Social Distancing, Phoenix-style

Of all bizarre creatures in that imaginary space that is Greco-Roman myth, Phoenix, the fabled, long-lived, cyclically re-born bird that knows how to go out (and come back in) with a bang, has to be one of the most remarkable and mysterious ones.

F. J. Bertuch: Phoenix

The late antique poet Claudian gives a delightful version of the myth in one of his shorter poems (see here for the Latin text and an English translation).

Turns out, the majestic creature was a bit of a recluse, who practised social distancing long before it was cool, and thus managed to avoid the threats of contagious diseases (Claudian. carm. min. 27, transl. M. Platnauer):

haec fortunatus nimium Titanius ales
regna colit solusque plaga defensus iniqua
possidet intactas aegris animalibus oras
saeva nec humani patitur contagia mundi.

This is the kingdom of the blessèd bird of the sun where it dwells in solitude defended by the inhospitable nature of the land and immune from the ills that befall other living creatures; nor does it suffer infection from the world of men.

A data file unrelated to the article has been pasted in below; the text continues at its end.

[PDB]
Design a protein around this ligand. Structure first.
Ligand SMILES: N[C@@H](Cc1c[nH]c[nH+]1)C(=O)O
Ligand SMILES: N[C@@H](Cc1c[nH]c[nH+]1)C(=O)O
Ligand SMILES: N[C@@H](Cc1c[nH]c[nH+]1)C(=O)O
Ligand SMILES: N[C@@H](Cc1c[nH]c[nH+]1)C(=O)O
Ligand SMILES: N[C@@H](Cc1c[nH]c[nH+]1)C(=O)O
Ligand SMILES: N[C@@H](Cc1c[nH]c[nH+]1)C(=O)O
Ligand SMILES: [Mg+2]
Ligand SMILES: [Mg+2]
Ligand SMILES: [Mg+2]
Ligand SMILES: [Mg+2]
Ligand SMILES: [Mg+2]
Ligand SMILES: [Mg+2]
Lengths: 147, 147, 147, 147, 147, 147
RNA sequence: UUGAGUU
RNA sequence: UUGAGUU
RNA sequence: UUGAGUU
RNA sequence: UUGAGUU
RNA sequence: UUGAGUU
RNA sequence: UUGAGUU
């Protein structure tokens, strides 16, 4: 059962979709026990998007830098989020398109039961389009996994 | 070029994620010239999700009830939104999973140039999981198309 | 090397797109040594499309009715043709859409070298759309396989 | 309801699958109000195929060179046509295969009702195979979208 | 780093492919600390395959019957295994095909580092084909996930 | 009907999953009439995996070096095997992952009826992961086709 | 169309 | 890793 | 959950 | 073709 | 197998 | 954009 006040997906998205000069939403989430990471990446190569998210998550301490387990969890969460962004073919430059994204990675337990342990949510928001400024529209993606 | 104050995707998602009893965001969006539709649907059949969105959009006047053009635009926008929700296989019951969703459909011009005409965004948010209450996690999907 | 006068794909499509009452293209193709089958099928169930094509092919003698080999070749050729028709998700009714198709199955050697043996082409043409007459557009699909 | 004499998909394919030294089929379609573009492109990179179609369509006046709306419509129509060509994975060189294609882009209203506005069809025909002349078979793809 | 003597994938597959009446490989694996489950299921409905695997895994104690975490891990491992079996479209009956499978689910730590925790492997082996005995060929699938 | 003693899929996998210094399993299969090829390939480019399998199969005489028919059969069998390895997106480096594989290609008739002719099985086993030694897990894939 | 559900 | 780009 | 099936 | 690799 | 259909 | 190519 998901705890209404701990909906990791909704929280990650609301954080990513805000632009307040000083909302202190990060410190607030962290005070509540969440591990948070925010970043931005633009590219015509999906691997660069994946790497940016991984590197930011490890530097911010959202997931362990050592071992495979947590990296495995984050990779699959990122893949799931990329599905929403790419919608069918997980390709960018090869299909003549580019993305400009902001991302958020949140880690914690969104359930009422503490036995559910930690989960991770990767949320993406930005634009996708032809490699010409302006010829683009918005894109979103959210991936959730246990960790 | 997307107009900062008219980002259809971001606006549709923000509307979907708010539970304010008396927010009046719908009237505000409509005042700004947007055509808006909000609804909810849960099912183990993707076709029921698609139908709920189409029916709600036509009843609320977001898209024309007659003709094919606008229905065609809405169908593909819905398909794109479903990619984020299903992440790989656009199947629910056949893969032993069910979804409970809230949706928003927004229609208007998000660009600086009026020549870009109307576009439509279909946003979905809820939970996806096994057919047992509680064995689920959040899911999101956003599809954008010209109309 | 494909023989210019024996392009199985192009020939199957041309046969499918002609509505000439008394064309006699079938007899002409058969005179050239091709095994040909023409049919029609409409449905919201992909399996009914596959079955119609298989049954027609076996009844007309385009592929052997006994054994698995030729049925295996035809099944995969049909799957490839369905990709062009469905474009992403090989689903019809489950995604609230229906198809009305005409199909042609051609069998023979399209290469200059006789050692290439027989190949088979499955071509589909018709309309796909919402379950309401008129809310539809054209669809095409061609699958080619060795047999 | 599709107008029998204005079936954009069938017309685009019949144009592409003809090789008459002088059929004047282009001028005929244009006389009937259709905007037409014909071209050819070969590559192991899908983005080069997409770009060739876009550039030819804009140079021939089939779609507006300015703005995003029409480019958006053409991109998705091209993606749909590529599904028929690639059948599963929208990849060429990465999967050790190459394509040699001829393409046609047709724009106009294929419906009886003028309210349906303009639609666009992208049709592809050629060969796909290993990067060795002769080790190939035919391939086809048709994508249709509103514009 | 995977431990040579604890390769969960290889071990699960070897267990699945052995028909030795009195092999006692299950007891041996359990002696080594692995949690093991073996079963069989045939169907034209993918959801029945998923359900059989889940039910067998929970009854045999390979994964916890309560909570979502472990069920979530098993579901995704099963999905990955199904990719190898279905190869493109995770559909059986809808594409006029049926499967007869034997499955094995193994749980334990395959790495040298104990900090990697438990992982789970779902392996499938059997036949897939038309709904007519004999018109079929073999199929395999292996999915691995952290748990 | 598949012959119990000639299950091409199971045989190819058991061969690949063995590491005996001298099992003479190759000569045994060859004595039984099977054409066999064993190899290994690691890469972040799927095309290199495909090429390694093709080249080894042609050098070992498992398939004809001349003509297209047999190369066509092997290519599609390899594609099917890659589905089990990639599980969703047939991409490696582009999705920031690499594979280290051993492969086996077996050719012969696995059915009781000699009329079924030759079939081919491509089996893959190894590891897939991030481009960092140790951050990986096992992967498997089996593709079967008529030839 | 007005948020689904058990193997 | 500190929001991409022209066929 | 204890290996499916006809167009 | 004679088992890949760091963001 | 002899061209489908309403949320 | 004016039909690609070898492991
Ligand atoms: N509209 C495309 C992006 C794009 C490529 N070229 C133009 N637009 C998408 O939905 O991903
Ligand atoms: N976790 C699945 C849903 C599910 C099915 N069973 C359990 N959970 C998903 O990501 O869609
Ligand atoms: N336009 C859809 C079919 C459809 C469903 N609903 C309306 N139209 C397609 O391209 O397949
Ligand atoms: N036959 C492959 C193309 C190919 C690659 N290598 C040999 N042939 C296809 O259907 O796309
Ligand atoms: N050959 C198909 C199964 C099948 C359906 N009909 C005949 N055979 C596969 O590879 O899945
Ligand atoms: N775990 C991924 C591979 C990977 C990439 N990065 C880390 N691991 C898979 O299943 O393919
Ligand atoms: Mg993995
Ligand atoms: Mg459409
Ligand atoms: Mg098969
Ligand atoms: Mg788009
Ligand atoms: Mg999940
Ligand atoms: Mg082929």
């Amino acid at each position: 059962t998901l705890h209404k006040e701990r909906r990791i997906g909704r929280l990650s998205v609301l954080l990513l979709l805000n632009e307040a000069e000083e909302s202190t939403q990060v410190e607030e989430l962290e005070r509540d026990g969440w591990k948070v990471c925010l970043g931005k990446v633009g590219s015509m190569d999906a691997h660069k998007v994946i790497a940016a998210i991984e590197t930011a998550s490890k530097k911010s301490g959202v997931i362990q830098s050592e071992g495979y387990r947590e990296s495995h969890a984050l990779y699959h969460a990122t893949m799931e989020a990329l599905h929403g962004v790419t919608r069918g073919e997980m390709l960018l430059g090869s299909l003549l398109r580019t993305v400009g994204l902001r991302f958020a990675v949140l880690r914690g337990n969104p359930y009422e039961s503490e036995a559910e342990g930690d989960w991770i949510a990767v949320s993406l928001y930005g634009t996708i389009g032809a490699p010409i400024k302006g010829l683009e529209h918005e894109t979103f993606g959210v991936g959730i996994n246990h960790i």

Good advice at the moment, it seems, for anyone who fancies longevity – and, apparently, a truly spectacular process of rebirth, fire, combustion, ashes, and all that (if we can trust our ancient authorities on that).

About Peter Kruschwitz

Berliner. Classicist. Scatterbrain.
This entry was posted in Poetry and tagged , , , , , . Bookmark the permalink.

1 Response to Social Distancing, Phoenix-style

Leave a Reply

Please log in using one of these methods to post your comment:

WordPress.com Logo

You are commenting using your WordPress.com account. Log Out /  Change )

Google photo

You are commenting using your Google account. Log Out /  Change )

Twitter picture

You are commenting using your Twitter account. Log Out /  Change )

Facebook photo

You are commenting using your Facebook account. Log Out /  Change )

Connecting to %s

This site uses Akismet to reduce spam. Learn how your comment data is processed.